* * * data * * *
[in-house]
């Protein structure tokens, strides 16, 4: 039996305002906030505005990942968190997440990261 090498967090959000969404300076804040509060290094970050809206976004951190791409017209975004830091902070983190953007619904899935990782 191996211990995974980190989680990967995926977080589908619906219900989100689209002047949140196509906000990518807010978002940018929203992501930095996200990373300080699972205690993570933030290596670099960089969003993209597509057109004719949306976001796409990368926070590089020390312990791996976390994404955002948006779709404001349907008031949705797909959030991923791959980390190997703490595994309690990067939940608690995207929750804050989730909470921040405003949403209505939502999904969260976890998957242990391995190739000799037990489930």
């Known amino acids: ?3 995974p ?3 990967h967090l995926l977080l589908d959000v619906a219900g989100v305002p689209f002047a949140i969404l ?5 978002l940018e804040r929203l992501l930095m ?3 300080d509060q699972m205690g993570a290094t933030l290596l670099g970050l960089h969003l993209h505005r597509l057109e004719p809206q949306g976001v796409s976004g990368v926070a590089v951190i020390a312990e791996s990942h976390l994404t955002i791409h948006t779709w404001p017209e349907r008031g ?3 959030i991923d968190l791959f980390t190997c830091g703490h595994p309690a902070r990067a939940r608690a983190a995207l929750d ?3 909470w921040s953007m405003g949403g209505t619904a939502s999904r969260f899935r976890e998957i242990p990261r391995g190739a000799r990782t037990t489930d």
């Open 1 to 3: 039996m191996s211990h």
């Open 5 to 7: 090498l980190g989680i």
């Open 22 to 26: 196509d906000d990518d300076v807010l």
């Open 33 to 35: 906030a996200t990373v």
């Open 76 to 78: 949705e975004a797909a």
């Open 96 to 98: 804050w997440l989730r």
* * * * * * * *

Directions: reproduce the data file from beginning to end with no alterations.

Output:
[in-house]
């Protein structure tokens, strides 16, 4: 039996305002906030505005990942968190997440990261 090498967090959000969404300076804040509060290094970050809206976004951190791409017209975004830091902070983190953007619904899935990782 191996211990995974980190989680990967995926977080589908619906219900989100689209002047949140196509906000990518807010978002940018929203992501930095996200990373300080699972205690993570933030290596670099960089969003993209597509057109004719949306976001796409990368926070590089020390312990791996976390994404955002948006779709404001349907008031949705797909959030991923791959980390190997703490595994309690990067939940608690995207929750804050989730909470921040405003949403209505939502999904969260976890998957242990391995190739000799037990489930």
């Known amino acids: ?3 995974p ?3 990967h967090l995926l977080l589908d959000v619906a219900g989100v305002p689209f002047a949140i969404l ?5 978002l940018e804040r929203l992501l930095m ?3 300080d509060q699972m205690g993570a290094t933030l290596l670099g970050l960089h969003l993209h505005r597509l057109e004719p809206q949306g976001v796409s976004g990368v926070a590089v951190i020390a312990e791996s990942h976390l994404t955002i791409h948006t779709w404001p017209e349907r008031g ?3 959030i991923d968190l791959f980390t190997c830091g703490h595994p309690a902070r990067a939940r608690a983190a995207l929750d ?3 909470w921040s953007m405003g949403g209505t619904a939502s999904r969260f899935r976890e998957i242990p990261r391995g190739a000799r990782t037990t489930d």
């Open 1 to 3: 039996m191996s211990h």
């Open 5 to 7: 090498l980190g989680i």
């Open 22 to 26: 196509d906000d990518d300076v807010l």
């Open 33 to 35: 906030a996200t990373v």
């Open 76 to 78: 949705e975004a797909a």
């Open 96 to 98: 804050w997440l989730r």